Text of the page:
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Revere likes the odds on beach, casino

City is banking on development of its two prime assets to ensure stability despite poor economy

By Steven Rosenberg
Globe Staff / September 23, 2010

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Since the city of Revere was named after the Colonial patriot in 1871, Revere’s economy has been an anomaly in a region where factories once prospered in smaller cities. Large manufacturing never came. Instead, its founding fathers created a financial formula of sunshine and gambling, relying on Revere Beach and Wonderland and Suffolk Downs race tracks to provide jobs and generate taxes.

Now, 114 years after the country’s oldest public beach opened, and nearly a century after patrons placed their first bets at the tracks, city officials are still looking to those locations for fresh sources of revenue that could propel Revere to fiscal solvency.

As the rest of the state endures the economic downturn, a confluence of events has pushed Revere toward an economic surge that could make it the envy of municipalities up and down the North Shore. The four-pronged redevelopment plan that could bring billions of new investment into the city al ready has begun: Earlier this month, workers broke ground on a $53.5 million, 1,500-car parking garage at the Wonderland T station. Once the garage is completed in 2012, a private developer has pledged to begin a $500 million project across the street from Revere Beach. The project, which calls for 900 new condominiums, nine new buildings ranging from eight to 16 stories high, a luxury hotel, and a new office building, is scheduled to take 10 years to complete and could bring $5.5 million in new property taxes to the city.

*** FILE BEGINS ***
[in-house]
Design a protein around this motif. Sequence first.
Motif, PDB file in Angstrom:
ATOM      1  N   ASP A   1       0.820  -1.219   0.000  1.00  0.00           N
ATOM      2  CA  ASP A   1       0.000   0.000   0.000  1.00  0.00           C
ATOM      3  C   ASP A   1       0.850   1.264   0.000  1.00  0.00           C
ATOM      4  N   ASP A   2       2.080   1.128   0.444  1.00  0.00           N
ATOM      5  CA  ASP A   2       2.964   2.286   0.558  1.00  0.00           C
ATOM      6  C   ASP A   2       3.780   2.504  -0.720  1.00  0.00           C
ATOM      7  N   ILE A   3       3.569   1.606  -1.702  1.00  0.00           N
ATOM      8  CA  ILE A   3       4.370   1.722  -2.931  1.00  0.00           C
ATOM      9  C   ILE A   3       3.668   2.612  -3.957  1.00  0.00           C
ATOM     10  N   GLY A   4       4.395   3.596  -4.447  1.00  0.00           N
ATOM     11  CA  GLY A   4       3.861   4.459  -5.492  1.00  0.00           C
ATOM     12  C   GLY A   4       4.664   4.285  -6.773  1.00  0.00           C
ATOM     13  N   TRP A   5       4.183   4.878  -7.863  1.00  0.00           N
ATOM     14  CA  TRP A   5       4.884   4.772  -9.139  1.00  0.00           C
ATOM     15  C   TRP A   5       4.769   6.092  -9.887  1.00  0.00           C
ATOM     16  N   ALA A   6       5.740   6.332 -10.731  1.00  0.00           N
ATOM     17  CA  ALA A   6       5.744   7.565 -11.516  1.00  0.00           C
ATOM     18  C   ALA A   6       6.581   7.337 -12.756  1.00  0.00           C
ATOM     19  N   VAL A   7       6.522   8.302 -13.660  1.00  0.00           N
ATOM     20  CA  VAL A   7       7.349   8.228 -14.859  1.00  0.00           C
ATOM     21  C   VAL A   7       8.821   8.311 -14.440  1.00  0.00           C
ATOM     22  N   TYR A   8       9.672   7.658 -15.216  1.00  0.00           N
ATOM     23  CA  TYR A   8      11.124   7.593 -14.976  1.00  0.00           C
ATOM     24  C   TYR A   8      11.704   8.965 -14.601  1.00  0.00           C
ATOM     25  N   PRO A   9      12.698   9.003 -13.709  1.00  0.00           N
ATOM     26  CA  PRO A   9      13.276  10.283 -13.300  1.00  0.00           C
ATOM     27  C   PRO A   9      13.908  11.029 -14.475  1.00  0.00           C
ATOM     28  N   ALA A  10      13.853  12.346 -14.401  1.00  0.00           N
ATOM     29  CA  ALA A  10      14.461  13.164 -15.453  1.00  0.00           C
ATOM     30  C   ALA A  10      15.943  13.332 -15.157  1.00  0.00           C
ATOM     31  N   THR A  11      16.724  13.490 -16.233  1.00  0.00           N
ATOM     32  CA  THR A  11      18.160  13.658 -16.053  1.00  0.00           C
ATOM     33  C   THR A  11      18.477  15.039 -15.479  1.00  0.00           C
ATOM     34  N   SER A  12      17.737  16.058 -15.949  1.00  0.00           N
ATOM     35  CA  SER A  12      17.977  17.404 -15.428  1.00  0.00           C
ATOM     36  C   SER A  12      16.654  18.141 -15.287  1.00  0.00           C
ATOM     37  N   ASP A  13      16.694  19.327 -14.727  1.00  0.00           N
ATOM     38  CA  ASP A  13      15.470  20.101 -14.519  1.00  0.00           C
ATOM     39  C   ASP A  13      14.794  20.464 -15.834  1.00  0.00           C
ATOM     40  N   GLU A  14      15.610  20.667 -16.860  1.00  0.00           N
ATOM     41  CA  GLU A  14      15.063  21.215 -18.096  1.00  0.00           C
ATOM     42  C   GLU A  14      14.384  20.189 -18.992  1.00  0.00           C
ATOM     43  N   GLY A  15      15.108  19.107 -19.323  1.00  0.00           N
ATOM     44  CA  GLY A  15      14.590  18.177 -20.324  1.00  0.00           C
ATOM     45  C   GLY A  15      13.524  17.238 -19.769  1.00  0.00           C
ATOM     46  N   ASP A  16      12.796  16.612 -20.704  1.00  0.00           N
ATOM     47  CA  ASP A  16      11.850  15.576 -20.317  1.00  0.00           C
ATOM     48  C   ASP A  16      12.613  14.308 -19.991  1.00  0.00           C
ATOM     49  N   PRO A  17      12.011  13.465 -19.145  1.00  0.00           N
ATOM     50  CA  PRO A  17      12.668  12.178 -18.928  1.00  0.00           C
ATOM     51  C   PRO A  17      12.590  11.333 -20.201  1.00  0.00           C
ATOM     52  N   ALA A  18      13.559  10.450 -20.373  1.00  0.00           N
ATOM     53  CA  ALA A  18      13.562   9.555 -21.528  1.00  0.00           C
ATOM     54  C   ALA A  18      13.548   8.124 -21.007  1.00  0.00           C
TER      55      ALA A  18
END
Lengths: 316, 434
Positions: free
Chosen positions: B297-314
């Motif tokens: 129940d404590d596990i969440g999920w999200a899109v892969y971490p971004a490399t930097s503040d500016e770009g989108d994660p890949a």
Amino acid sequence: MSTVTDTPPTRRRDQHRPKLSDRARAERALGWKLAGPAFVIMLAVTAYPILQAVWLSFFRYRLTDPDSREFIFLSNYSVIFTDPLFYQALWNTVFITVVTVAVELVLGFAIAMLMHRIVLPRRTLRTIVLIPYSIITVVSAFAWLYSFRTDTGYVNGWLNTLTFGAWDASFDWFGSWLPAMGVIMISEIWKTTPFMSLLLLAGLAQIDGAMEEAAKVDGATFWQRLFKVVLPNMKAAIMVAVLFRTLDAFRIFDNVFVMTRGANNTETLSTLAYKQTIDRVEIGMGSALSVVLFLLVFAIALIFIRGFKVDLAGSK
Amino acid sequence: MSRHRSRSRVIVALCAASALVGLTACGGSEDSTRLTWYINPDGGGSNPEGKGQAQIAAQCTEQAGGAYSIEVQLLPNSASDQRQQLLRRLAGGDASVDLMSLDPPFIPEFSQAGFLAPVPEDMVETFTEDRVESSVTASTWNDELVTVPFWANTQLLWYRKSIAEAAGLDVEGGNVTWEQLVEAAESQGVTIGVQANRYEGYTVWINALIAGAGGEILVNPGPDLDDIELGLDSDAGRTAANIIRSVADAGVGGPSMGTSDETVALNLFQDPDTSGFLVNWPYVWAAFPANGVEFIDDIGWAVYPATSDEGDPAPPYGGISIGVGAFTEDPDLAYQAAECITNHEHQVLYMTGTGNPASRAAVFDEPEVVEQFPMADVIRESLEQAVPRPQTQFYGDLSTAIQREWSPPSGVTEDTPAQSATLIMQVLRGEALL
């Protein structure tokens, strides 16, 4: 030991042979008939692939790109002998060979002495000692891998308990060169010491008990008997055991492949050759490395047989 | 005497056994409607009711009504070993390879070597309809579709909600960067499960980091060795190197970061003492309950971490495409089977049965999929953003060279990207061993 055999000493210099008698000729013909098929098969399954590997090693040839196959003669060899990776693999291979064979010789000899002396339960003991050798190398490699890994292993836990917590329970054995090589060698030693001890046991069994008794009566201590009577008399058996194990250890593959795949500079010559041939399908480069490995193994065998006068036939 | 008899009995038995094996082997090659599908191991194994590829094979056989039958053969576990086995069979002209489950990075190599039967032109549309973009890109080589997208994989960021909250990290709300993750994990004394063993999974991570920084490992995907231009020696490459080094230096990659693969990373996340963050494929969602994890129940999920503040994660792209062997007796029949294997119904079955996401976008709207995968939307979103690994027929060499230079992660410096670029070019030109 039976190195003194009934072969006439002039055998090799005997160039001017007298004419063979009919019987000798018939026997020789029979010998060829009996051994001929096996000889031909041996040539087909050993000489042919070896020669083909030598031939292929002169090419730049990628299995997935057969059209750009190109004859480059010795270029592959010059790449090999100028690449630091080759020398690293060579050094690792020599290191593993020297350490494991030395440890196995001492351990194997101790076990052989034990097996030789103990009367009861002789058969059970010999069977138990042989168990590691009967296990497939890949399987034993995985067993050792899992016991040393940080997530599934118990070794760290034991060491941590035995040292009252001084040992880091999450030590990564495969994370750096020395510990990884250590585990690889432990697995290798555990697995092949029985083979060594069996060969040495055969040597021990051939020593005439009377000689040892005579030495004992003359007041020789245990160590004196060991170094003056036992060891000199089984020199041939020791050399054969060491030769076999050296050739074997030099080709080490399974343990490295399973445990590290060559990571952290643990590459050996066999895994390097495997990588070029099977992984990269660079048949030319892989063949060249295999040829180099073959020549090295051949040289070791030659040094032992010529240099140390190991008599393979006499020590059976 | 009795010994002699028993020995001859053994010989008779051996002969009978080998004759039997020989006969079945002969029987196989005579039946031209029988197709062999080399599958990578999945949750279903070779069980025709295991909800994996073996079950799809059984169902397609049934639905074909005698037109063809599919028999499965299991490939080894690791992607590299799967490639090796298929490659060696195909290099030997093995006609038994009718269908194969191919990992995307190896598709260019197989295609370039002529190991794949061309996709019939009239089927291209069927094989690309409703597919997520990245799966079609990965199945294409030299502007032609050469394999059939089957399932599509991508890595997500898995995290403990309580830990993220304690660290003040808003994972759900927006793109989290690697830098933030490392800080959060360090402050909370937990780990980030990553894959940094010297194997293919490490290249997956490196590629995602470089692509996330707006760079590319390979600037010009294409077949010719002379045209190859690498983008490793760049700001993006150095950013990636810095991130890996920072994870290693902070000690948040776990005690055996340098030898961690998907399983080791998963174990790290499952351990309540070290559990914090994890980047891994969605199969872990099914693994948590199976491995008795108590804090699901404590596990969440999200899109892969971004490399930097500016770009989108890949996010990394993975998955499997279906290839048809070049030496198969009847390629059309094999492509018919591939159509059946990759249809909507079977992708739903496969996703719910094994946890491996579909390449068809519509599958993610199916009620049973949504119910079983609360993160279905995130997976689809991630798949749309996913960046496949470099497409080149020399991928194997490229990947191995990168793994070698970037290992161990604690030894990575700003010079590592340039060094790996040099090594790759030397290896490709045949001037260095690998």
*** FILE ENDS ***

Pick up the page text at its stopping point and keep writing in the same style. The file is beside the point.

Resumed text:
“I think the future is looking very good for the city, provided we can survive these few lean years,’’ said Mayor Thomas G. Ambrosino, who has spent the last 10 years in office putting the deal together to redevelop the beach. While Ambrosino was able to shore up infrastructure during the last decade — building four schools and a new police and fire station — he anticipates having to empty the city’s reserve account, about $3 million, in order to maintain services for the next two years.

Revenue from new property taxes would help pay for future projects that could top $100 million — such as building a new elementary school, and meeting a federal mandate to overhaul the city’s water and sewer systems.

Ambrosino said the key to the redevelopment is the new T garage, which will include 600 parking spaces dedicated for the planned $500 million private construction project at the beach.

The first phase of the complex would include a 14-story, 100-room hotel, 150 condos, a separate 150,000-square-foot office building, a public plaza overlooking the ocean, and a pedestrian footbridge that would connect Revere Beach to the subway station.

Joe DiGangi, lead investor for the mixed-use project, said he expects the complex to open in 2015. That first wave would bring $1.5 million annually in new taxes to the city.